Three years ago I’d never run anything longer than a 10k in my entire life. I wanted to knock out 1 marathon before 30 just to check it off. Along the way I did some races including two half marathons… and 3 years later I’m still at it. However, this year, I did something new and got into cycling to do a century for the Livestrong challenge, since if nothing else the last 2 years have taught me that new challenges come with some costs, physical, financial and emotional but hey… Kiana loves butterflies and one of her books talks about how they have to be able to tear through some struggles to learn to fly. I don’t know that I’ll ever learn to fly but I am sure trying to not learn to quit.
I haven’t been allowed to drive for a month so cycling has become my car or walking has. It feels incredibly serendipitous that I learned from that training how to be a better biker, excuse me cyclist. My blog, picking up a hitchhiker, is named that because I’ve picked up every hitchhiker I’ve ever come across and I am not sure I actually believe in Karma but I’ve gotten rides or ridden to everywhere I need to go safely.
I wasn’t missing this half marathon no matter what because it was my mom’s first and there’s something about not missing firsts. It was a lot tougher than I realized it would be. I borrowed a stroller from the expensive Bob types and it makes a huge difference. I was running with Kiana so I couldn’t have earphones like I usually do for races so I had a little portable speaker system. And unlike typical… I didn’t want to be rude so I started further back to not be in people’s way with a stroller. The songs for this playlist were well thought out and they were incredibly about home…wayne watson’s the long way home, Celtic thunder’s I wanna go home, when you’re home from in the Heights, Maroon’s five when you’re home, and it ended with Bon Jovi’s who says you can’t go home. Some of those are about home in general and some are hopelessly romantic for the guy who seems so insistent on being single… The last meal I had before going out there was at a Chinese place whose fortune cookie seems to want to argue with me like some friends and family do.
I wish I could tell you a lot about the race but the honest truth is that it was cold and windy and I was just trying to keep going. I breathed harder than I have for any race other than track ones because I literally buckled down to hold the stroller steady for a good section of the race and my back hurts a lot 3 days later. Kiana slept for the first half hour and every so often after she woke up gave me the heckling faster, daddy after that she does every so often. Plus I had this Mohawk that surely made me more aerodynamic.
A guy ran with me for about miles 5-10 and said to me there was no chance we could keep that pace. I stayed behind him since he was from there figuring that would keep my spatial orientation issues from letting me get lost. I thought he was right but it only turned out true for him. I had a heckler (Kiana) to keep me going moving from 5th to 4th at that point. I could see the leaders but they were “forever” up the road. I tried to gun it and would pass 2 of them literally in the last half mile but never could catch the first guy. I ended up 19 seconds behind him in gun time and 5 seconds in chip time. But while winning would have made my day and anyone who reads this knows I’m competitive, I was there for something bigger. I tried to get Kiana to go back out but it had gotten colder so she stayed with grandpa waiting at Ratliff Stadium, home to Friday night lights. A policeman who controlled the final intersections (I was bundled up and wearing a hat by the time I passed him the second time) asked why I was going back and I told him to finish with my mom; I was stopping to make sure I was heading back the right way. He started to tell me about a crazy guy with a Mohawk who was running with a stroller; I took off my hat. I jogged back out on the course and the volunteers at mile 11 said that there were no half marathoners left, that they had all gotten on the trail wagon. I was in shock and let’s be clear would have been thoroughly disappointed in my mother if that was true. It turned out she was just up the road and I would see her, jog out to her and we’d finish the last couple of miles together. Kiana would join us as we did the last quarter of a mile on the track and I got my mom to jog the last bit (or what she thought was jogging anyway).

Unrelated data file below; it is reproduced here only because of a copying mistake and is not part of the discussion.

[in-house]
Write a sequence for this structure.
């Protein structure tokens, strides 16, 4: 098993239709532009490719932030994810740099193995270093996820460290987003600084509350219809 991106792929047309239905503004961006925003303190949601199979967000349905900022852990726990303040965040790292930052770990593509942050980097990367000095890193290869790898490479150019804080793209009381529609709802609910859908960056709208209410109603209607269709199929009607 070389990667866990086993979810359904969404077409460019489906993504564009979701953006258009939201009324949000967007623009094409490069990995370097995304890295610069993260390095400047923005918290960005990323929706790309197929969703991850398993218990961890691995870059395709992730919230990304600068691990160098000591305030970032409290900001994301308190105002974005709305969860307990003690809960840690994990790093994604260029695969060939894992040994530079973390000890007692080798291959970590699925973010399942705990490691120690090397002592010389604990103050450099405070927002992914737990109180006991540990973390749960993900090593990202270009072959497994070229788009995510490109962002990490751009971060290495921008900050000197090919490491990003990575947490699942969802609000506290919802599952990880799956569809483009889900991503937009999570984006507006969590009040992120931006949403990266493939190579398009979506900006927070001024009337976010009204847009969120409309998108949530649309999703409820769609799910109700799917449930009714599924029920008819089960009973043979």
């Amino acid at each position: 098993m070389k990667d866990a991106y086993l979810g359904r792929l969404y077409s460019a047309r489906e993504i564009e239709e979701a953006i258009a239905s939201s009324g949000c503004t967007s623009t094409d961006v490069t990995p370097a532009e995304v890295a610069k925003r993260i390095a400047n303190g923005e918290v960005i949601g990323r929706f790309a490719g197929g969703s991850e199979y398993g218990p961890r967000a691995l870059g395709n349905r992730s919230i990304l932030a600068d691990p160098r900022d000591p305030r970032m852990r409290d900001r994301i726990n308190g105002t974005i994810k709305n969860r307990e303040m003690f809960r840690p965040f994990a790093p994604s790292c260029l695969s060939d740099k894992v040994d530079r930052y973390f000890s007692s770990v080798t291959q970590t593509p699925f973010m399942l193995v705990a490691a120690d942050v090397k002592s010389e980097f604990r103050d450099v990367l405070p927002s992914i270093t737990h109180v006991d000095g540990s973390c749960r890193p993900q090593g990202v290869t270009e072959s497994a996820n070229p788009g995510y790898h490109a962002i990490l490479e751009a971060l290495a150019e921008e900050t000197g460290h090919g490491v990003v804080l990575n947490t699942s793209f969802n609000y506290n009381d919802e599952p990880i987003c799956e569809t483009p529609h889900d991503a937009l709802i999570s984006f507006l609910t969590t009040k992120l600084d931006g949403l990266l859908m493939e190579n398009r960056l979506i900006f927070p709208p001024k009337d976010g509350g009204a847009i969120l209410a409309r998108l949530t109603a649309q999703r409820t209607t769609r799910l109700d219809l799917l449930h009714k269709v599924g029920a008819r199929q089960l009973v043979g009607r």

The local paper ended up doing a story on my mom’s first half marathon (http://www.oaoa.com/sports/local/recreational/article_462d74e6-1038-11e2-9b83-001a4bcf6878.html). I’ve done a lot more and even with trophies have never made the paper… oh well. As we crossed the last policeman, he shouted at my mom, your son is my hero; the girls I finished between are mine and why I keep going. The newspaper was kind enough to send me the picture of us finishing together and you better believe that’s on this year’s holiday card. (email me your address if you want one).
I’ve ran other halfs, the next one is the one that I would do not too long after the biopsy with the coincidental bib of 911.… and now that it’s getting darker… I hope I can still figure out a way to get to the workouts. But I had bib #8 on this, appropriately enough, I’ve gotten it on the 3 most significant races, the Livestrong Marathon, the BrainPower 5k and the Crossroads Marathon. A lot of my life for the last two years have felt like some strange crossroads but while that was my second best time in the half marathon, it was my best half. I hope this half, my better half, my best half so far in my opinion even if it’s slower is symbolic of my life where my family is active participants not just spectators. I am in the second half of that too and no matter what else I’ve gotten wrong, I’m getting better at those parts.